Apple is telling Congress that the iPhone's logging of nearby Wi-Fi hot spots and cell towers is meant to improve service, not stalk customers.
Apple emphasized, as it had previously, that any data that's transmitted back to Apple about the locations of the hot spots and cell towers is anonymous, and not tied to a particular user. Apple is building a database of such information to make location-based services, such as mobile mapping, work faster. Using GPS signals can take several minutes to locate a phone, while using the location of known hot spots and cell towers stored directly on the phone can be quicker.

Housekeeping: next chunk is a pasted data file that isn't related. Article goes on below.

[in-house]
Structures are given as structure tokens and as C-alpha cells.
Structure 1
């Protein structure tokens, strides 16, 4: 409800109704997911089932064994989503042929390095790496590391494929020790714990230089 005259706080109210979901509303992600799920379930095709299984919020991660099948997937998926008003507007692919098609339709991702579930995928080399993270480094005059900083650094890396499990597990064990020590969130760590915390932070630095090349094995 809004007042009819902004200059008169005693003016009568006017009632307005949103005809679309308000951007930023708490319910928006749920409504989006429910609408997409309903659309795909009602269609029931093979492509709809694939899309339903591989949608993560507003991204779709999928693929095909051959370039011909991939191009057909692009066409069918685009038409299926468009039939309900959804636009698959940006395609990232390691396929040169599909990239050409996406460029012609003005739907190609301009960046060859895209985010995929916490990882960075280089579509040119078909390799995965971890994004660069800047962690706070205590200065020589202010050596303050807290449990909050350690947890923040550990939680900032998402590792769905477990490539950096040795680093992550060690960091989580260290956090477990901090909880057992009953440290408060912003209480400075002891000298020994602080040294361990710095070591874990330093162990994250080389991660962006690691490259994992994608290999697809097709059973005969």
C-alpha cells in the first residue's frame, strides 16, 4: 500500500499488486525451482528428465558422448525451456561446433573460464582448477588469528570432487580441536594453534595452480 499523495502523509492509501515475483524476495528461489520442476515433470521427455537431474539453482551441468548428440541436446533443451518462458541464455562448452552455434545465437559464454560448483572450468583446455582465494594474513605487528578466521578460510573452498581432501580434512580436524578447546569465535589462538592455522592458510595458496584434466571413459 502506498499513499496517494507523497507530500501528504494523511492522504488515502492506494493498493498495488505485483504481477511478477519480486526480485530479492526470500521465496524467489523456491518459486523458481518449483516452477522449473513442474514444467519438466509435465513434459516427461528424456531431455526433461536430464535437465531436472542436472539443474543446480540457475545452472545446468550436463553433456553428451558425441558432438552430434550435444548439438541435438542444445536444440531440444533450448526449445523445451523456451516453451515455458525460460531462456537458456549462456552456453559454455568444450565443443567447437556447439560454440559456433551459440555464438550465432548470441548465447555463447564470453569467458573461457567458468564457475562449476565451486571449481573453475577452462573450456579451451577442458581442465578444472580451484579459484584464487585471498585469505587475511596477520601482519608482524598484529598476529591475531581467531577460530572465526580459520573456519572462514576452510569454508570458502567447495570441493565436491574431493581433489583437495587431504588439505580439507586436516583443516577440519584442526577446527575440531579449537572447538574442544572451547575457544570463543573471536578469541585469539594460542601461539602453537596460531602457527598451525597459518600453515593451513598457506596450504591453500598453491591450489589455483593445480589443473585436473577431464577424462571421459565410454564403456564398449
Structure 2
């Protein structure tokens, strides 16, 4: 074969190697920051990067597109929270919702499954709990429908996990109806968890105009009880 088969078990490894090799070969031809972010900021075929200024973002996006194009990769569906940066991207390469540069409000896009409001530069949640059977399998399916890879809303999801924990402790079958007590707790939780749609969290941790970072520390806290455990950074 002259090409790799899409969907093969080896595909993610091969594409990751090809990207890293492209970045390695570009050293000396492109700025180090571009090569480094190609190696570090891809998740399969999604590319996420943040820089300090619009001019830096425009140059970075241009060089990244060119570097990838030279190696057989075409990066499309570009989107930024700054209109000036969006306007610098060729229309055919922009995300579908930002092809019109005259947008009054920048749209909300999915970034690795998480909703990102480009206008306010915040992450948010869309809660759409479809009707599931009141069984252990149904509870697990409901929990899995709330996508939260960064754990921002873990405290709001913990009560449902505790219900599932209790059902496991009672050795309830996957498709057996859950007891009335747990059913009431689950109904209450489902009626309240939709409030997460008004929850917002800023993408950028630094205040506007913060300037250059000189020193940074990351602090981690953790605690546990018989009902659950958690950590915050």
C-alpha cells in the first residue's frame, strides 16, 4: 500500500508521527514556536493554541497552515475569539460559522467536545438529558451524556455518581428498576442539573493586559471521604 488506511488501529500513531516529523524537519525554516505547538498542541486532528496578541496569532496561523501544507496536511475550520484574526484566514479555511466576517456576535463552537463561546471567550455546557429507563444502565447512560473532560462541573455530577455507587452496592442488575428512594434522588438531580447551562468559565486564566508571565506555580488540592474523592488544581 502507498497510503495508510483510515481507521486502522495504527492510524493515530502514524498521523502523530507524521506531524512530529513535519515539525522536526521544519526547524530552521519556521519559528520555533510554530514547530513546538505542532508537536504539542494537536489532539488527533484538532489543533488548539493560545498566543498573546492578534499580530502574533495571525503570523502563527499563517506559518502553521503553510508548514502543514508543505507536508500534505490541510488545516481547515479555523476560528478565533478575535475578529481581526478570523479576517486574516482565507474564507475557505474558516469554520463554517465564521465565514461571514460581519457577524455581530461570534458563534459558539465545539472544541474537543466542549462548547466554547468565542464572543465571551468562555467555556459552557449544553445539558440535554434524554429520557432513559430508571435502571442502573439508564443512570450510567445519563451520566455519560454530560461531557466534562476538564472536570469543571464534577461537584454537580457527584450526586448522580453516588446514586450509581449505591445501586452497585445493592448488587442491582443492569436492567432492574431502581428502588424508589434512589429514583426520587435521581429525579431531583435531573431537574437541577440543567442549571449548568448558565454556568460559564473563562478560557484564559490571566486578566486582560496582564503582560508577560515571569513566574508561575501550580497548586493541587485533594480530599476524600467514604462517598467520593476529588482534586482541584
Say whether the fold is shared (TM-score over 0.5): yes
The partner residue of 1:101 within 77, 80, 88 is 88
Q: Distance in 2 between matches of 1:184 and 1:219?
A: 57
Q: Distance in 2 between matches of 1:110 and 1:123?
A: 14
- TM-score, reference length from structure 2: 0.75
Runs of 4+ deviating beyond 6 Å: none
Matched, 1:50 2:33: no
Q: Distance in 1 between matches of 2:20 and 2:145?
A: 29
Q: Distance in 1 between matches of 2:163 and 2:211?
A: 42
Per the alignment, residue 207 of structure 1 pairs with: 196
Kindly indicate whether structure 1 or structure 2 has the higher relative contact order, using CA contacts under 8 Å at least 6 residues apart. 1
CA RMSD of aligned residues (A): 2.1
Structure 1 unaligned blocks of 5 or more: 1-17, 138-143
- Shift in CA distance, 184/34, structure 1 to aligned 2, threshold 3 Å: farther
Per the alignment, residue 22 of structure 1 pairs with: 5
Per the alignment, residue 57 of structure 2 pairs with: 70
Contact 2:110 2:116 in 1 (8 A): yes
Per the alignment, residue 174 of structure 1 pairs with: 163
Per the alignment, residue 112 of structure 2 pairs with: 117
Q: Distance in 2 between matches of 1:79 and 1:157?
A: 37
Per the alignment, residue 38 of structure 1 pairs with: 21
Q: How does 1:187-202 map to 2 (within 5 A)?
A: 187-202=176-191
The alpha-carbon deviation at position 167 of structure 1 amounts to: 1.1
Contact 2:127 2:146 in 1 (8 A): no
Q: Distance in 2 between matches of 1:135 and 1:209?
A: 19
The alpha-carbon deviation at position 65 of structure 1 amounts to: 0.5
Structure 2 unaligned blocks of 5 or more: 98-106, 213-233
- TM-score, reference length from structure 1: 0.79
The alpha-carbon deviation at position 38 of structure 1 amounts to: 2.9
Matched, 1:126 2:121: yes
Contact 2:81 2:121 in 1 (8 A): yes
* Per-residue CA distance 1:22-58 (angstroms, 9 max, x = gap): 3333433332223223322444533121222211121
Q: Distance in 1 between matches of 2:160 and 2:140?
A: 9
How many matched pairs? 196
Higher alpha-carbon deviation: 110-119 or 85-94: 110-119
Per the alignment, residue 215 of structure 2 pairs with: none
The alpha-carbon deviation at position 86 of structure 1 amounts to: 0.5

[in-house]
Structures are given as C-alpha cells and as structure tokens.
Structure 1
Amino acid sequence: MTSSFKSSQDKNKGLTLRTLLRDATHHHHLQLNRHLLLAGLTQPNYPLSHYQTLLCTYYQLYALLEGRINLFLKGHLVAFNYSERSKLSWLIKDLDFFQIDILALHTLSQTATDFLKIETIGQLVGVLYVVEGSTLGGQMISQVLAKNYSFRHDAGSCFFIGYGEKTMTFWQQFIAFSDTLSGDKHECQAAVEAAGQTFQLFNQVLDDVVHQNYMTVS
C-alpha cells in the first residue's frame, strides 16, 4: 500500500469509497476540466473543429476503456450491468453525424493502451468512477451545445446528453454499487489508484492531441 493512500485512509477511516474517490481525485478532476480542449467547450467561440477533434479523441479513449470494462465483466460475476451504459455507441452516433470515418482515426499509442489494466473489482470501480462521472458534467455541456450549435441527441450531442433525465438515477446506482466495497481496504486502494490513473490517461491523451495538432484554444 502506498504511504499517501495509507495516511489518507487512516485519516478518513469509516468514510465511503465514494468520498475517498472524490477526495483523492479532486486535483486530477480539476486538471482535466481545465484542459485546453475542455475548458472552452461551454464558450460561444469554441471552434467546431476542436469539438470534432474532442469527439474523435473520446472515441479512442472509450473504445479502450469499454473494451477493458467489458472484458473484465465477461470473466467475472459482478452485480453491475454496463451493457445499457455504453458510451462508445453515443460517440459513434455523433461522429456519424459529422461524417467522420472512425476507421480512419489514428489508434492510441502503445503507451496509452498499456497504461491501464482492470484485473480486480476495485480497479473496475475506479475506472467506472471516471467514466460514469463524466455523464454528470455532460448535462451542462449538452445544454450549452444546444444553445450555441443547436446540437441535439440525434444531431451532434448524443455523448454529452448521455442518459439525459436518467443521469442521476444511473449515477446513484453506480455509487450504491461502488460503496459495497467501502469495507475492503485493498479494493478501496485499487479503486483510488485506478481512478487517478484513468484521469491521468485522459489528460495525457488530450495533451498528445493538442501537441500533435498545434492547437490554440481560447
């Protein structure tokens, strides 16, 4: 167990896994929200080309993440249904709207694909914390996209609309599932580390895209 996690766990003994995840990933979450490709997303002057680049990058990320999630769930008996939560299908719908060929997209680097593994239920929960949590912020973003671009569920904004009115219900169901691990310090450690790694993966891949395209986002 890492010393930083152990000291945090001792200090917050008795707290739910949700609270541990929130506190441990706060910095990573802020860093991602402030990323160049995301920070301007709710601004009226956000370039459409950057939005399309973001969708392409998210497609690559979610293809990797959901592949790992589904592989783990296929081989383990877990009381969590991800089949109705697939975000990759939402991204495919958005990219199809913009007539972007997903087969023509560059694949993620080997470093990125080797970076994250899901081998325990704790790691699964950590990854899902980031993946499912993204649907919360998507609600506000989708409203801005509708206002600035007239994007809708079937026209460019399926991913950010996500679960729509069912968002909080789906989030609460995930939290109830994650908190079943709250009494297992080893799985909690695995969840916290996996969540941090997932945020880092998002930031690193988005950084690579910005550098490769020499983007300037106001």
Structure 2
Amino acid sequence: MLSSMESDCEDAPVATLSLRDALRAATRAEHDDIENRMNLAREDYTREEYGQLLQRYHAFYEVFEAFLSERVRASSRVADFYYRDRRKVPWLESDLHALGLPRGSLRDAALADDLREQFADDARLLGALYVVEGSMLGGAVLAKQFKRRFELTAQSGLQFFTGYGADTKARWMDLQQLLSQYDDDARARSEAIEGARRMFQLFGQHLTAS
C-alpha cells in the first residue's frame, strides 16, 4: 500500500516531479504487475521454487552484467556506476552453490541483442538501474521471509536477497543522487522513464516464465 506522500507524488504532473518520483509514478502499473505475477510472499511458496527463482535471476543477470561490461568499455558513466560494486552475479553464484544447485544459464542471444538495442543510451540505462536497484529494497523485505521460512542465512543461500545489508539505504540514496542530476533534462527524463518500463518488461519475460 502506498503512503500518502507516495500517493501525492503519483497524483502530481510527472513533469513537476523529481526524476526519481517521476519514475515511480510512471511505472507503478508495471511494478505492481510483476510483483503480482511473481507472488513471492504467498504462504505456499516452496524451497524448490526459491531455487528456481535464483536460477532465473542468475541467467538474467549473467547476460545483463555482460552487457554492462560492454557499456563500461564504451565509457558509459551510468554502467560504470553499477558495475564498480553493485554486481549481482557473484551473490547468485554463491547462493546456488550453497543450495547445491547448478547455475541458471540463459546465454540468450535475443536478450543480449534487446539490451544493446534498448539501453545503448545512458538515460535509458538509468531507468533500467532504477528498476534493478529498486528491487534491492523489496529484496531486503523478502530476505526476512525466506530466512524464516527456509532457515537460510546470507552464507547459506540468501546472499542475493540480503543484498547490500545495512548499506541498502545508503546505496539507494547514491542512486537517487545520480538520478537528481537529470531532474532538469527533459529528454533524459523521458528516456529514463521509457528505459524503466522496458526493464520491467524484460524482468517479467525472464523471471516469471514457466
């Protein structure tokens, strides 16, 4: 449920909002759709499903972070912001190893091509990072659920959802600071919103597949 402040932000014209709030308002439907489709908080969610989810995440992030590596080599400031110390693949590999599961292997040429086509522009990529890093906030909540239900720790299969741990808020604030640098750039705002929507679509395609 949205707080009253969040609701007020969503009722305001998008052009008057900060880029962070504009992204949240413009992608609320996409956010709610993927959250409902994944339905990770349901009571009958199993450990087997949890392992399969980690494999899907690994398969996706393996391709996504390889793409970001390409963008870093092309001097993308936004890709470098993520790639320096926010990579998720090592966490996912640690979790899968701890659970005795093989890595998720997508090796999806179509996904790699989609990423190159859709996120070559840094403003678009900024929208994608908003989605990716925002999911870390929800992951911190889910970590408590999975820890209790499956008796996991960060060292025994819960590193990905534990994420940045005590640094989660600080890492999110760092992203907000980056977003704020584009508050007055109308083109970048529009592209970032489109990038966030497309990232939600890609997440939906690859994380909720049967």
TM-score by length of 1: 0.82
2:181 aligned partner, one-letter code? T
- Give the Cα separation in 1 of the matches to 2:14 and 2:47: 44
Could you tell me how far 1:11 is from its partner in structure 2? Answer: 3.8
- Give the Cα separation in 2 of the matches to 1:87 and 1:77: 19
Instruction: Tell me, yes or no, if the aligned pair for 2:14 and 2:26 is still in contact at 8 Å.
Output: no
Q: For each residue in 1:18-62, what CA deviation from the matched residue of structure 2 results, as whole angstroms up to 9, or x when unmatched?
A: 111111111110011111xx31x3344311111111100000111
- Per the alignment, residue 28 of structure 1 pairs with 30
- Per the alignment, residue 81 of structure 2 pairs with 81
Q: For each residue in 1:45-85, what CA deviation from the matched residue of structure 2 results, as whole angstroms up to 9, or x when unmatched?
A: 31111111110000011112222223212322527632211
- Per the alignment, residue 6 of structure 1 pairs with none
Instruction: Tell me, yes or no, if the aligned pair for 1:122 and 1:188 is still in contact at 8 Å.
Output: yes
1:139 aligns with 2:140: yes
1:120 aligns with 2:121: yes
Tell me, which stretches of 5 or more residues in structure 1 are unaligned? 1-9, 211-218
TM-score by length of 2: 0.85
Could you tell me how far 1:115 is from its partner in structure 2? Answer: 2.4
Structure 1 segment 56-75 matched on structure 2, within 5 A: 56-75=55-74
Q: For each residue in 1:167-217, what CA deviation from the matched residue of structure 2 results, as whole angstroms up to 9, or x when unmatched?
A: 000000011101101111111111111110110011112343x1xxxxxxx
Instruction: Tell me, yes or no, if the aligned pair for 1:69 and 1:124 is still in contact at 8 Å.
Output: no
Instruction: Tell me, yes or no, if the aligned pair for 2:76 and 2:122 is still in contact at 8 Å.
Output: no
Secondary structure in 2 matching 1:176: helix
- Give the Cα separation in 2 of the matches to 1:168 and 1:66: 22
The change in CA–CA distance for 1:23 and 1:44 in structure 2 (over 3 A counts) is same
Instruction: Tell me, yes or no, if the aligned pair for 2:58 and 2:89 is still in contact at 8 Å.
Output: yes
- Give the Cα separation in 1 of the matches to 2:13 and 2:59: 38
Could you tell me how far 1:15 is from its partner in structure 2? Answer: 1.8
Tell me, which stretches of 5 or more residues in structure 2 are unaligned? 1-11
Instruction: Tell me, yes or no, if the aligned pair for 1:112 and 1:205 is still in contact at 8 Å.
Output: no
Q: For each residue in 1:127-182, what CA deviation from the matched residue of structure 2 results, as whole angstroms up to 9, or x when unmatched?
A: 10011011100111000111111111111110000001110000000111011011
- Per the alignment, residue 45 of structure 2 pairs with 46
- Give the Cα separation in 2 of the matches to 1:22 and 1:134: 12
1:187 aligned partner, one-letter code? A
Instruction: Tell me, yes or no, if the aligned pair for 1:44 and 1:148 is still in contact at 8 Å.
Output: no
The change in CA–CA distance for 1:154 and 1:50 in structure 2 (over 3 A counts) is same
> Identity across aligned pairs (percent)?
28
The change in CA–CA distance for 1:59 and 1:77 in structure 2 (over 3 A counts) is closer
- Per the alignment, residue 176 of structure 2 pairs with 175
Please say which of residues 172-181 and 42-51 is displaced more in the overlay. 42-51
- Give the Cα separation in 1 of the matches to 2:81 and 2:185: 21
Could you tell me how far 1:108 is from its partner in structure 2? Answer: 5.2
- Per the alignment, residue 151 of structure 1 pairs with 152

The company outlined its stance in a letter released Monday by the House of Representatives. An Apple Inc. vice president, Guy Tribble, is set to testify Tuesday before a Senate subcommittee. A Google Inc. executive, Alan Davidson, is also scheduled to appear.
Congress is demanding details from smartphone companies about their tracking practices, after researchers revealed last month that iPhones and Android phones themselves were secretly keeping track of users' locations.
Apple and Google say they only record the location of Wi-Fi hot spots and cell towers to improve service, and tracking can be turned off. Apple said a "bug" caused the iPhone to keep location data even when tracking was disabled.